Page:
Friday, March 04, 2005


University of California, Davis
March 4, 2005


The University of California, Davis, generated an estimated $2.93 billion in economic activity in California during the last full fiscal year, based on recently released financial information for 2003-04.

After state government, UC Davis remains the second-largest employer in the seven-county capital region, with 28,230 full-time and part-time employees. UC Davis paid out $1.086 billion in salaries and wages to those employees in the 2003-04 fiscal year, ending June 30, 2004, while collecting revenues totaling $2.15 billion -- half of which are estimated to have come from outside the area.

"This latest round of financial figures shows that UC Davis continues to have a profound impact on the long-term economic health of California and the Sacramento region," said Chancellor Larry N. Vanderhoef. "But perhaps more important is the impact of our 30,000-plus students, our more than 6,000 graduates each year, and our faculty and staff's commitment to our mission."

UC Davis' more recent estimated economic impact is based on the university's revenue and expenditure figures for the 2003-04 fiscal year, and economic multipliers generated by the Sedway Group of San Francisco for a similar analysis last year. At the time, the consultants examined all spending, employment, student, alumni, visitor and local tax impacts of the main Davis campus, its Sacramento medical center and health system for the 2001-02 fiscal year. Sedway's report estimated the direct and indirect economic effects of campus spending at the local, regional and statewide levels.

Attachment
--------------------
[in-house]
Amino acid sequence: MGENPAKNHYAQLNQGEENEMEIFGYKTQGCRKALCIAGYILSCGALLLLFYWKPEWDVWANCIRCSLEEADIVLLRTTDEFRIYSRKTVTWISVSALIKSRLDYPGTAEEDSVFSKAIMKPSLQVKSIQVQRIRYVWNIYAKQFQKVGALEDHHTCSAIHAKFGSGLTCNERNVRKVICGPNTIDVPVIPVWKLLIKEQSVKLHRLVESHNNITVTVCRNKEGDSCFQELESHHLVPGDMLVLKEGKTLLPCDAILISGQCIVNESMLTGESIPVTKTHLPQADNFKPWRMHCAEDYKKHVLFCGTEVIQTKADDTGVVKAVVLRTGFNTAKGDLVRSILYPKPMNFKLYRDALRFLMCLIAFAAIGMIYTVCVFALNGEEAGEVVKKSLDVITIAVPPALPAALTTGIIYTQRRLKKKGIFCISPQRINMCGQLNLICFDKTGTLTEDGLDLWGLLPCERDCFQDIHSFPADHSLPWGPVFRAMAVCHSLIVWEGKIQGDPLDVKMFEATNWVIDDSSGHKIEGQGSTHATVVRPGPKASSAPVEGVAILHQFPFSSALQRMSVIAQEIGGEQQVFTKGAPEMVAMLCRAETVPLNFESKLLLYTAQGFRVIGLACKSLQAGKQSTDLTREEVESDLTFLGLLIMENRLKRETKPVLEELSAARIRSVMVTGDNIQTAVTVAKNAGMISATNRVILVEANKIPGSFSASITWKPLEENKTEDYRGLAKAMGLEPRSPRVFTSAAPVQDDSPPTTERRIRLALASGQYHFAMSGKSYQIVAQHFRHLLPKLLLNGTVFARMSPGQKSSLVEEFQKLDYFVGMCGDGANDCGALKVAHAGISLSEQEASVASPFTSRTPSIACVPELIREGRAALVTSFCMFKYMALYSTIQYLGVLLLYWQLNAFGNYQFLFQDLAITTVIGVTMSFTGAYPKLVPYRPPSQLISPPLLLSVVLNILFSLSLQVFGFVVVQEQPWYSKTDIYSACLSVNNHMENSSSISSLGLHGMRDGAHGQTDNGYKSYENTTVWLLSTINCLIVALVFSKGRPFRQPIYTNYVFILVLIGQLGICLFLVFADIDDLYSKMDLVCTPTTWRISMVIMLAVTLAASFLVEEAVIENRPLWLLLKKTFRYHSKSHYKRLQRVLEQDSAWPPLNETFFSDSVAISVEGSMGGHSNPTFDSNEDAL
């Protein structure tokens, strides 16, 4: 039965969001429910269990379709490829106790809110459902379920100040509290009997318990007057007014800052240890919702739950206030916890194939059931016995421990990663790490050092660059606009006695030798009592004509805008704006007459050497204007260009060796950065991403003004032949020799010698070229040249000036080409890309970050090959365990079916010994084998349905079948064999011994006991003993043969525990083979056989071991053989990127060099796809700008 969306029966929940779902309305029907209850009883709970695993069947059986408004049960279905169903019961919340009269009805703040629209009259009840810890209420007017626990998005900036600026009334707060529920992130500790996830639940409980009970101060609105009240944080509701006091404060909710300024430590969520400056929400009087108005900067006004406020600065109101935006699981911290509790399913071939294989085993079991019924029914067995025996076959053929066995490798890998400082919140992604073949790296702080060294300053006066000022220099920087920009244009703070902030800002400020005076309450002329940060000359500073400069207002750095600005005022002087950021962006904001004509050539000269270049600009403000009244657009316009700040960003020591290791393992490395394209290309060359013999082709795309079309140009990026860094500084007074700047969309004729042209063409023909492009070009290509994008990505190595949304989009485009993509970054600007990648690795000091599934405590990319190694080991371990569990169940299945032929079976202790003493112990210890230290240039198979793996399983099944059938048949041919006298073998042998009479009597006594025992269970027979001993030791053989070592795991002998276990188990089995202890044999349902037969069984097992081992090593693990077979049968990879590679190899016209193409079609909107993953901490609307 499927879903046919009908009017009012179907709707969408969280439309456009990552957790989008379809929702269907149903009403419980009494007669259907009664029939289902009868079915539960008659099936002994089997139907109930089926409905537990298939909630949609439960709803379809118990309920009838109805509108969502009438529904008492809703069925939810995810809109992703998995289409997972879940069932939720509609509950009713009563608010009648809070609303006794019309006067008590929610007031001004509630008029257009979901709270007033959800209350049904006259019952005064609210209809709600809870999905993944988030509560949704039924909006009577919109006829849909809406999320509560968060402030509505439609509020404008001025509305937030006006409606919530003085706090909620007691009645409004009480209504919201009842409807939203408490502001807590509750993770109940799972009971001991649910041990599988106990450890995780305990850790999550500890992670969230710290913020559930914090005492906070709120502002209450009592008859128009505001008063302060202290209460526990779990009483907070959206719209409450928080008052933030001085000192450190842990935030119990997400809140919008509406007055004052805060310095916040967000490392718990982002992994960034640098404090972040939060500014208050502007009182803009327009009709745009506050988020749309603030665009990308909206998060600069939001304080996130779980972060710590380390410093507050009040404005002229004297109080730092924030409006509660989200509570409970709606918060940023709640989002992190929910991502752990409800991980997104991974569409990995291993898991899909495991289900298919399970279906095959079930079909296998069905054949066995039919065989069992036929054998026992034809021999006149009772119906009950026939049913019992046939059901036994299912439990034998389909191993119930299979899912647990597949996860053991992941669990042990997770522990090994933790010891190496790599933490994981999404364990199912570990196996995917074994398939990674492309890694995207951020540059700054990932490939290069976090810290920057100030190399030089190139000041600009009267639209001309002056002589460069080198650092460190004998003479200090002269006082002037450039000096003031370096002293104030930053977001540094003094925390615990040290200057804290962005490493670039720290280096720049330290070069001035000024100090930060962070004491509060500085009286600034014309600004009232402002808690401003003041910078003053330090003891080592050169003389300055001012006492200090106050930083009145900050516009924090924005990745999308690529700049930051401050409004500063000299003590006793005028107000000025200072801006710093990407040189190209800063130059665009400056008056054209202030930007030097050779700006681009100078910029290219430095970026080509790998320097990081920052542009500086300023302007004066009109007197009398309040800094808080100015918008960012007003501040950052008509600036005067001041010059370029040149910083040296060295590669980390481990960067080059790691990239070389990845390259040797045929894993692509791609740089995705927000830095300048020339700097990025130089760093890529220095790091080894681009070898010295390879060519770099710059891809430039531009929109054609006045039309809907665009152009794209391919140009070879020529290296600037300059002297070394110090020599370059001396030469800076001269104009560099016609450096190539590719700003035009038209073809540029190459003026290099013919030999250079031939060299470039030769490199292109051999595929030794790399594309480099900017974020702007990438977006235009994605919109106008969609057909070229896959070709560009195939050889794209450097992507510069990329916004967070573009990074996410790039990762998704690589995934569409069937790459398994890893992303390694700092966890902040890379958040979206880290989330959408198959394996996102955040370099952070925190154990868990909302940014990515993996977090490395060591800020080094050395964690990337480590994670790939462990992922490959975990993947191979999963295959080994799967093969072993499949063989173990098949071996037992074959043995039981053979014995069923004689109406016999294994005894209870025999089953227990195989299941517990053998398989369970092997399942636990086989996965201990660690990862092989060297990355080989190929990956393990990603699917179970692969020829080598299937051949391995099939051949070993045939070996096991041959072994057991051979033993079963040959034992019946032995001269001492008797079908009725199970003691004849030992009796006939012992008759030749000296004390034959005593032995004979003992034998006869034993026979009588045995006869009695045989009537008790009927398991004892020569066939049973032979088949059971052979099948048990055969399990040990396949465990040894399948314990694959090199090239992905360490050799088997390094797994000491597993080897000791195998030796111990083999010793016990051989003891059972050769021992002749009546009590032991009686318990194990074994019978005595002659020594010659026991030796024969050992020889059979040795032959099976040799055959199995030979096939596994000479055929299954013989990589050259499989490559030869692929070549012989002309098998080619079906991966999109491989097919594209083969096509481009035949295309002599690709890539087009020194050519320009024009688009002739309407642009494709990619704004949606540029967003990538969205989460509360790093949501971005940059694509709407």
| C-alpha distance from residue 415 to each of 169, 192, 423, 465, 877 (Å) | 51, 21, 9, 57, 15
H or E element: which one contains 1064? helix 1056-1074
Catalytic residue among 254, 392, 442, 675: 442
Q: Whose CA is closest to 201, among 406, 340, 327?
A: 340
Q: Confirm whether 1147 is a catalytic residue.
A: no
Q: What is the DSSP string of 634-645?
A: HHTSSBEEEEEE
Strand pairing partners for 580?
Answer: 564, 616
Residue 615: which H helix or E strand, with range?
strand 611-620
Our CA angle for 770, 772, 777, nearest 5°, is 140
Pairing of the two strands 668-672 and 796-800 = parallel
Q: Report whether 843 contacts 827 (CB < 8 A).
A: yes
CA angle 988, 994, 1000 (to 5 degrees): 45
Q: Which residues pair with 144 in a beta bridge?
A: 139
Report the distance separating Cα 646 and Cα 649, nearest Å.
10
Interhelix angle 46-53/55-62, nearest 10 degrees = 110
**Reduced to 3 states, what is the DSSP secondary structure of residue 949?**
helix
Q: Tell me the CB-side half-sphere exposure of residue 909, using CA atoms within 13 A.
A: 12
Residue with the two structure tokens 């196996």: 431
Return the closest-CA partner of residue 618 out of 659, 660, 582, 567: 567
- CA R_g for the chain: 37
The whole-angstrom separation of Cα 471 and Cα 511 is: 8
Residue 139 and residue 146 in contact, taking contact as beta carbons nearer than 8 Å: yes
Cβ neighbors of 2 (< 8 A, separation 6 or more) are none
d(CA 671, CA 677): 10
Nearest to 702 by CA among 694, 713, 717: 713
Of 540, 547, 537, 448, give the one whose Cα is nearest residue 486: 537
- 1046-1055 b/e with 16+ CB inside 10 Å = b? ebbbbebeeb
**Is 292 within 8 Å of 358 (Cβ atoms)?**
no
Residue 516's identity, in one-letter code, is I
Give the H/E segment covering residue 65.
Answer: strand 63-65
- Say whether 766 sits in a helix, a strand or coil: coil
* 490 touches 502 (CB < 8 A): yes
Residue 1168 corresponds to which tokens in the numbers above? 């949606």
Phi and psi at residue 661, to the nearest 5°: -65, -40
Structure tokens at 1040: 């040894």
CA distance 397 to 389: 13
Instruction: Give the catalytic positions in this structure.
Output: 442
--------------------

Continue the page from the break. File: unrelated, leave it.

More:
Using Sedway's original economic analysis as a guidepost for this year, UC Davis officials offered the following economic impact

* For every two direct jobs at UC Davis, another job is created in the state of California. That translates to UC Davis' 28,230 full- and part-time positions generating an additional 14,115 jobs across the state.

* The campus budget of $1.97 billion generated about $2.67 billion in multiplied economic activity in the state for the 2001-02 fiscal year. Using similar multiplier estimates, the 2003-04 budget of $2.15 billion would have generated about $2.93 billion in statewide economic activity last year.

In addition to the state support, UC Davis collected $421 million in research funding in 2003-04, enabling it to hold its place as one of the leading research institutions in the nation -- ranked 14th, according to the National Science Foundation. The university also received $73 million in private support in 2003-04.

The discoveries that result are increasingly being transferred to the public sector, with 136 patent applications filed in 2003-04, and 32 U.S. patents were issued.

For the purposes of the economic analysis, the consultants used the Impact Analysis for Planning model developed by the U.S. Department of Agriculture. This is the same model that California State University, Sacramento, and the University of California, Berkeley, have used for similar studies of those campuses.

For more information on UC Davis' 2003-04 budget and other key financial and academic data, please visit the UC Davis FACTS Web site, at <>.

Media contact(s):
* Mitchel Benson, UC Davis News Service, (530) 752-9844,

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